LONG POND, Pa. -- Pocono Raceway keeps taking hits.
Often criticized by drivers for unnecessary 500-mile races and for clogging two spots on the Sprint Cup schedule, the 2 1/2-mile triangle track is now deemed by some unsafe after an accident in the June race involving Kasey Kahne.
The rally cry of "shorten the races" has morphed into "make them safer."
Track president Brandon Igdalsky is listening -- and he's promising to do what it takes to improve the track.
"Do we need to make changes? Yes," he said.
Greg Biffle offered the harshest critique in a recent Sports Illustrated story, saying "they're going to kill somebody there." He added: "If they don't change that racetrack -- maybe not next year, maybe not three years from now -- they'll hurt somebody there."
Igdalsky wants the feedback -- even as he feels Biffle overstated the danger -- and has already started planning safety improvements. The track is adding more SAFER barriers in time for next year's race and would like to install a catch fence along the non-grandstand areas.
The barriers would be installed along the inside wall between turns 1 and 2 and down the "Long Pond" stretch. The barriers, a combination of steel and foam, will replace the current guard rail system. SAFER barriers are currently in place at each of NASCAR's oval tracks and are also being installed on the road course at Watkins Glen.
Kahne was involved in a huge scare in the June race when he lost control of his car in the grass, went airborne and into the trees that line the track. Had the car sailed higher, Kahne would have flipped out of the track.
"The Kasey thing was a freak thing," Igdalsky said. "He didn't make anything out of it. Everybody else decided to talk about it."
Still, Igdalsky would like to add a catch fence there in time for 2011.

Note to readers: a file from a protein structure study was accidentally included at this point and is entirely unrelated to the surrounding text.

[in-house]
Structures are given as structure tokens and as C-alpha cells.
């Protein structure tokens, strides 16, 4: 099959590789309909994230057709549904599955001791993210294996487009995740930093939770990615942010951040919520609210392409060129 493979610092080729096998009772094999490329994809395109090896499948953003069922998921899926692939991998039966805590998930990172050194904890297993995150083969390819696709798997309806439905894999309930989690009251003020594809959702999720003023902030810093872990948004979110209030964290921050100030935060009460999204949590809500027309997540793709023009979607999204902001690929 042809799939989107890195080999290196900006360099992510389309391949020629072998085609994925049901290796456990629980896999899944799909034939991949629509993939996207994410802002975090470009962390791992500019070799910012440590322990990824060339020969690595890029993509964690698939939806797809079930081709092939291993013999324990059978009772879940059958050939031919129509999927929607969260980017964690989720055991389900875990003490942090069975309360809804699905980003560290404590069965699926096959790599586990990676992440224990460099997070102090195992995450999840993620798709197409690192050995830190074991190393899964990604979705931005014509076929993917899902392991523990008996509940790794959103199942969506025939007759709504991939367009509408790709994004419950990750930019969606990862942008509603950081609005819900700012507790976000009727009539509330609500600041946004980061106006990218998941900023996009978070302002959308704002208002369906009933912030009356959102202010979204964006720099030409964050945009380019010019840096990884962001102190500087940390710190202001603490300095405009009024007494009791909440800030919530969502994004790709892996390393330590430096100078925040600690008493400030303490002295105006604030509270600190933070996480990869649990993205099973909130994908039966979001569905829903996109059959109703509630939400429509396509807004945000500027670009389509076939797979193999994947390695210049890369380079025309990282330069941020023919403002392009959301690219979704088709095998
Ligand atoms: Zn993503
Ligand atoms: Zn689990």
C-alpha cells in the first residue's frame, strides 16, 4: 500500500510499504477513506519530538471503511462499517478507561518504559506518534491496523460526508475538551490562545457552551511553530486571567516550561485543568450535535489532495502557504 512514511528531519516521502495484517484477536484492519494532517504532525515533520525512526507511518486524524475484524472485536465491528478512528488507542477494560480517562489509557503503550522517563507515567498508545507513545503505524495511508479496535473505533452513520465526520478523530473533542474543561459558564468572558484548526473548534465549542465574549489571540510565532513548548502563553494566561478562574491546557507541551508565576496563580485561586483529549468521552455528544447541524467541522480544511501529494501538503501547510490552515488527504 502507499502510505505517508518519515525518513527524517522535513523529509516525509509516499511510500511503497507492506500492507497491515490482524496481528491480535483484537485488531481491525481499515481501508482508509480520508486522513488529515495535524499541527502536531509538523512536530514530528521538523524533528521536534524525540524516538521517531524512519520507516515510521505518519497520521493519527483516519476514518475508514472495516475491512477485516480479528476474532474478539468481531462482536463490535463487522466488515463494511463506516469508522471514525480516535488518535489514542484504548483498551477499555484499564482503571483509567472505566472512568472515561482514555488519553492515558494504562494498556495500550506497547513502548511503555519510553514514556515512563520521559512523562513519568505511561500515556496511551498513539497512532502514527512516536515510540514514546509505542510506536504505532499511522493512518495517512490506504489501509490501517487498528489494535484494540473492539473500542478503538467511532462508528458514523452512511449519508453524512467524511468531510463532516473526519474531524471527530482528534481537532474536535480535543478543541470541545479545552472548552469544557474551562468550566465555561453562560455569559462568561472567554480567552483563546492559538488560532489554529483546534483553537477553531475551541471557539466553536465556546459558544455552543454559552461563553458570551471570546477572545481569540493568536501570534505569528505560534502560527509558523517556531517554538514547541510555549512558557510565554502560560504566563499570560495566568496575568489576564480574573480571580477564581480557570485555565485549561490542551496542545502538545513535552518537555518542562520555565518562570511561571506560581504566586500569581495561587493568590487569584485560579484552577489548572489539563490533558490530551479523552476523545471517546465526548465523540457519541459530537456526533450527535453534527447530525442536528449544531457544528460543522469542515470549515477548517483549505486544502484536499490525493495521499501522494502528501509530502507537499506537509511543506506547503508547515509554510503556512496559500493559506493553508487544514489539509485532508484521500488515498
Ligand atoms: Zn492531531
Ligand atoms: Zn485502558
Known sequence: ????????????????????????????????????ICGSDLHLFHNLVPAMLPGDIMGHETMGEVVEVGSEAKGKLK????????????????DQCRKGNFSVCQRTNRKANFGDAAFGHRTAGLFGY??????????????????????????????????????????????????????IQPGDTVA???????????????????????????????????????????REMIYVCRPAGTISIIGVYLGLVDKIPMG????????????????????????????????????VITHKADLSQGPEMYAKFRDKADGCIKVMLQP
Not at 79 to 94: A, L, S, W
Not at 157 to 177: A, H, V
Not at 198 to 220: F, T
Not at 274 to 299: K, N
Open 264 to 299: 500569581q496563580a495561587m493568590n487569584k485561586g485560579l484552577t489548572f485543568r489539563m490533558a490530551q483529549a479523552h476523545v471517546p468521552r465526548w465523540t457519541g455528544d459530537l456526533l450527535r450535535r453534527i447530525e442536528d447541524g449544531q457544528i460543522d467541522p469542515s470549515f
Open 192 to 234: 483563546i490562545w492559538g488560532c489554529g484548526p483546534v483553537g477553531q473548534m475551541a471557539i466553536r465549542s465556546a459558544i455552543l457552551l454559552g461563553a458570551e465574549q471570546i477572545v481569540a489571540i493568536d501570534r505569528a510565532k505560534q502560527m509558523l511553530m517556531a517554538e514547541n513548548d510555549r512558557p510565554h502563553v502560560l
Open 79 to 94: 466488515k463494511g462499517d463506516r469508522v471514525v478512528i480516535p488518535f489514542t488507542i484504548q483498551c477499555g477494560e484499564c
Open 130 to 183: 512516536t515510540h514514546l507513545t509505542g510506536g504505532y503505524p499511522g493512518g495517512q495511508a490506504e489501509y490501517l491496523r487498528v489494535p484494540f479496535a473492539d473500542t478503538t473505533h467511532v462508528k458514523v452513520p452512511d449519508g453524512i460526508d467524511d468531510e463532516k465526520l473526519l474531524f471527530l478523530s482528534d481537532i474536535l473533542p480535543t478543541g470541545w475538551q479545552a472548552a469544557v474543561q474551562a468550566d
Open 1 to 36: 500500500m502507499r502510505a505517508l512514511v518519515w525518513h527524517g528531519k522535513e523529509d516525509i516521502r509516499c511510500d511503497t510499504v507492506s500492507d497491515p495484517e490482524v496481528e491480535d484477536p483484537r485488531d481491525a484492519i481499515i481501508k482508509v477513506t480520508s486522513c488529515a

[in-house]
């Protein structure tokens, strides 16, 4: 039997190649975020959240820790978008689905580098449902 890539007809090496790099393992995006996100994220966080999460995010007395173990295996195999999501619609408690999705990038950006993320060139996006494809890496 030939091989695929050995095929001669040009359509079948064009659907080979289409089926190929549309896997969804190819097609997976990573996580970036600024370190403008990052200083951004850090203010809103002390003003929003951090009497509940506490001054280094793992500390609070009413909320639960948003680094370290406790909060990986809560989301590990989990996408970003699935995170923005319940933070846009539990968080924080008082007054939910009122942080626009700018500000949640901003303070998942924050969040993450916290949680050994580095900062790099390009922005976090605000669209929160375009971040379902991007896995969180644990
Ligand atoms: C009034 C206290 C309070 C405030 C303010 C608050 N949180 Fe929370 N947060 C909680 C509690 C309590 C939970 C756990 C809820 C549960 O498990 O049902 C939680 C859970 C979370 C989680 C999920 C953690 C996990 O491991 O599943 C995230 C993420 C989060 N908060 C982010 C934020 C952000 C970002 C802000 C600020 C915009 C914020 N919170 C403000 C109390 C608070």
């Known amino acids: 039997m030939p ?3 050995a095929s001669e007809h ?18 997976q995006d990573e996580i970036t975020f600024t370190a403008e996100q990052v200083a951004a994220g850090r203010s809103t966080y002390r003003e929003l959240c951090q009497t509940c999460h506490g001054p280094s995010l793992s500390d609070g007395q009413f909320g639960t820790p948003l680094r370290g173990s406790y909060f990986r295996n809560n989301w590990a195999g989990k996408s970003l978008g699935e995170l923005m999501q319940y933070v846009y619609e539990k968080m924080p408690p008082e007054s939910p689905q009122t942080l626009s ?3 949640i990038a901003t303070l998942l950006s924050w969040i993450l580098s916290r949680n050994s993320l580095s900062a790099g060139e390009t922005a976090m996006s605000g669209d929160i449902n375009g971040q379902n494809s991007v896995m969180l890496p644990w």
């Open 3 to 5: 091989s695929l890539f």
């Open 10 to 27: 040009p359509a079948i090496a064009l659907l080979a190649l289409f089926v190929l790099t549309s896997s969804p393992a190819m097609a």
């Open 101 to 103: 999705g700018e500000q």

Jimmie Johnson, the four-time defending Cup champion, believes a catch fence is one of the necessary changes.
"And not just this track, but I don't think grass has any purpose inside the walls of a race track anymore," he said "There's no friction to slow down the vehicle, and then the cars just hammer the wall when that's the case. And then you get mud and rain and a wheel can sink into the mud and flip the car over and get it flipping. We've seen that at Daytona and Talladega, and even here."
Add it to the Pocono wish list.
The 34-year-old Igdalsky has taken a bigger role as his grandfather, track owner Joseph Mattioli, scales back his duties. Igdalsky helped bring corporate sponsorship to the races, the first trucks race on Saturday, and has an eye on bringing back an IndyCar Series race.
"We're making some noise," Igdalsky said.
Pocono Raceway had corporate sponsorship for its June Cup race for the first time since 1996. Pocono's June race had been called the Pocono 500 since 1997.
Mattioli said last year that Pocono didn't have sponsorship because he didn't need the money.
"I don't need the money and if you don't need the money, what the hell is the sense of sponsorship?" Mattioli said last June. "We call all the shots. All the VIPs on race day are our people, not the sponsor's people."
He said before Saturday's trucks race the sponsorship package "was so nice we couldn't refuse it."
Mattioli is used to criticism of his track and has made improvements. The track underwent a 10-year renovation in the 1990s, adding new crash walls, a garage area and 150-site motor home park.
He had a decrepit section of track filled in 2008 with asphalt that created a patch drivers raved about.
Igdalsky, along with his brother Nick, is easing Pocono into an always-evolving modern day sports world. As a dogged promoter, Igdalsky is searching for ways to bring more events to the Pocono. That's why he won't rule out making a pitch for an IndyCar Series race, only a month after the open-wheel series announced it was returning to New Hampshire.
"This place was built for IndyCars. It was built by IndyCar drivers," Igdalsky said. "I'm not going to say it's going to happen."
One thing he won't do is surrender a Sprint Cup series race. Mattioli and Igdalsky are both adamant that they will never give up one of their two races.
"I know that for a fact," Igdalsky said. "We're not giving up any races."
Mattioli called the idea of offering up a race "stupid."
Richard Petty won the first NASCAR race held on the triangle -- the Purolator 500 -- in 1974 and a second race was added to the schedule in 1982. The family remains a staunch defender of the 500-mile races and has no plans to cut back.
Few understand why the track has two races each season separated by only eight weeks and neither one is a Chase for the Sprint Cup championship event.
"We're like the bad stepchild, aren't we?" Igdalsky said. "Everyone kind of looks at us like, 'These guys are still around?' But we're here."